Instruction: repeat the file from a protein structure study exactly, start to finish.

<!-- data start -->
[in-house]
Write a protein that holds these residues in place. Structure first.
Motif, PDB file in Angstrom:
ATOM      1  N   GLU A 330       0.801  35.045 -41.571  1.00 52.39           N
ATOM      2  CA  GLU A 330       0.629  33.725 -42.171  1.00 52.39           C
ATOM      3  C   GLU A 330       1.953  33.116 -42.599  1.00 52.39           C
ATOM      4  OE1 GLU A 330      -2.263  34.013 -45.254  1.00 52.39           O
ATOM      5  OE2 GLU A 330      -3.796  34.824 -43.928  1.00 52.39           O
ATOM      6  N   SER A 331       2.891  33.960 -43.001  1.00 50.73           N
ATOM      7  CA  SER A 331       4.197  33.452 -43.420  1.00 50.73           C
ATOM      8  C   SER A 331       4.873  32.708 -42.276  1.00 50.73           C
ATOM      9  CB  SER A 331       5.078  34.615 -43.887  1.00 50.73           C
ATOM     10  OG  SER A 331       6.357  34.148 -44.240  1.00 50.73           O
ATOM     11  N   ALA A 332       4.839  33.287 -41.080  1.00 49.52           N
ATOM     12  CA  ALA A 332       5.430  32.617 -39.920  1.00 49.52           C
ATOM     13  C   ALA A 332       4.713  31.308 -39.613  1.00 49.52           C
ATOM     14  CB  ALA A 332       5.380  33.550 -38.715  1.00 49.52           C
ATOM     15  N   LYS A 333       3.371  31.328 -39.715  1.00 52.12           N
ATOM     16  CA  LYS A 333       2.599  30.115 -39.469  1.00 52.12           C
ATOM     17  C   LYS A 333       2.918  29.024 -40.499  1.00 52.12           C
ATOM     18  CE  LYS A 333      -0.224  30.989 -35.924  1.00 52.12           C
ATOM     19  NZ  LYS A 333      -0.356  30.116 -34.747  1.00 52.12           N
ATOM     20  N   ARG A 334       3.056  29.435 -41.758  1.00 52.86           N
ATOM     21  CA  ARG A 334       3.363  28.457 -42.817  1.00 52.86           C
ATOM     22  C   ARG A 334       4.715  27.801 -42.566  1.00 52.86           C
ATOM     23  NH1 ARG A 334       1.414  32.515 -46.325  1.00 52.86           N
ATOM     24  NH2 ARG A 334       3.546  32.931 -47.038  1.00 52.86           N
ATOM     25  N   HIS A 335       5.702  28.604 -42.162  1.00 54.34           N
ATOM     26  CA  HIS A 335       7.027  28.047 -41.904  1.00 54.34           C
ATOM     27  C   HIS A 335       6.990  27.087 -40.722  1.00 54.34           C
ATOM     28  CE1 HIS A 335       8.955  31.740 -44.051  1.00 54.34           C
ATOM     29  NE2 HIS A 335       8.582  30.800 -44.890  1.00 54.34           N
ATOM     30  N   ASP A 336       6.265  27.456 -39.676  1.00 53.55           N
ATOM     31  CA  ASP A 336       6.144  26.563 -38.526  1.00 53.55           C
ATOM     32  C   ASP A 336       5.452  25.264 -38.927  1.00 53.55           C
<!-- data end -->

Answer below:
[in-house]
Write a protein that holds these residues in place. Structure first.
Motif, PDB file in Angstrom:
ATOM      1  N   GLU A 330       0.801  35.045 -41.571  1.00 52.39           N
ATOM      2  CA  GLU A 330       0.629  33.725 -42.171  1.00 52.39           C
ATOM      3  C   GLU A 330       1.953  33.116 -42.599  1.00 52.39           C
ATOM      4  OE1 GLU A 330      -2.263  34.013 -45.254  1.00 52.39           O
ATOM      5  OE2 GLU A 330      -3.796  34.824 -43.928  1.00 52.39           O
ATOM      6  N   SER A 331       2.891  33.960 -43.001  1.00 50.73           N
ATOM      7  CA  SER A 331       4.197  33.452 -43.420  1.00 50.73           C
ATOM      8  C   SER A 331       4.873  32.708 -42.276  1.00 50.73           C
ATOM      9  CB  SER A 331       5.078  34.615 -43.887  1.00 50.73           C
ATOM     10  OG  SER A 331       6.357  34.148 -44.240  1.00 50.73           O
ATOM     11  N   ALA A 332       4.839  33.287 -41.080  1.00 49.52           N
ATOM     12  CA  ALA A 332       5.430  32.617 -39.920  1.00 49.52           C
ATOM     13  C   ALA A 332       4.713  31.308 -39.613  1.00 49.52           C
ATOM     14  CB  ALA A 332       5.380  33.550 -38.715  1.00 49.52           C
ATOM     15  N   LYS A 333       3.371  31.328 -39.715  1.00 52.12           N
ATOM     16  CA  LYS A 333       2.599  30.115 -39.469  1.00 52.12           C
ATOM     17  C   LYS A 333       2.918  29.024 -40.499  1.00 52.12           C
ATOM     18  CE  LYS A 333      -0.224  30.989 -35.924  1.00 52.12           C
ATOM     19  NZ  LYS A 333      -0.356  30.116 -34.747  1.00 52.12           N
ATOM     20  N   ARG A 334       3.056  29.435 -41.758  1.00 52.86           N
ATOM     21  CA  ARG A 334       3.363  28.457 -42.817  1.00 52.86           C
ATOM     22  C   ARG A 334       4.715  27.801 -42.566  1.00 52.86           C
ATOM     23  NH1 ARG A 334       1.414  32.515 -46.325  1.00 52.86           N
ATOM     24  NH2 ARG A 334       3.546  32.931 -47.038  1.00 52.86           N
ATOM     25  N   HIS A 335       5.702  28.604 -42.162  1.00 54.34           N
ATOM     26  CA  HIS A 335       7.027  28.047 -41.904  1.00 54.34           C
ATOM     27  C   HIS A 335       6.990  27.087 -40.722  1.00 54.34           C
ATOM     28  CE1 HIS A 335       8.955  31.740 -44.051  1.00 54.34           C
ATOM     29  NE2 HIS A 335       8.582  30.800 -44.890  1.00 54.34           N
ATOM     30  N   ASP A 336       6.265  27.456 -39.676  1.00 53.55           N
ATOM     31  CA  ASP A 336       6.144  26.563 -38.526  1.00 53.55           C
ATOM     32  C   ASP A 336       5.452  25.264 -38.927  1.00 53.55           C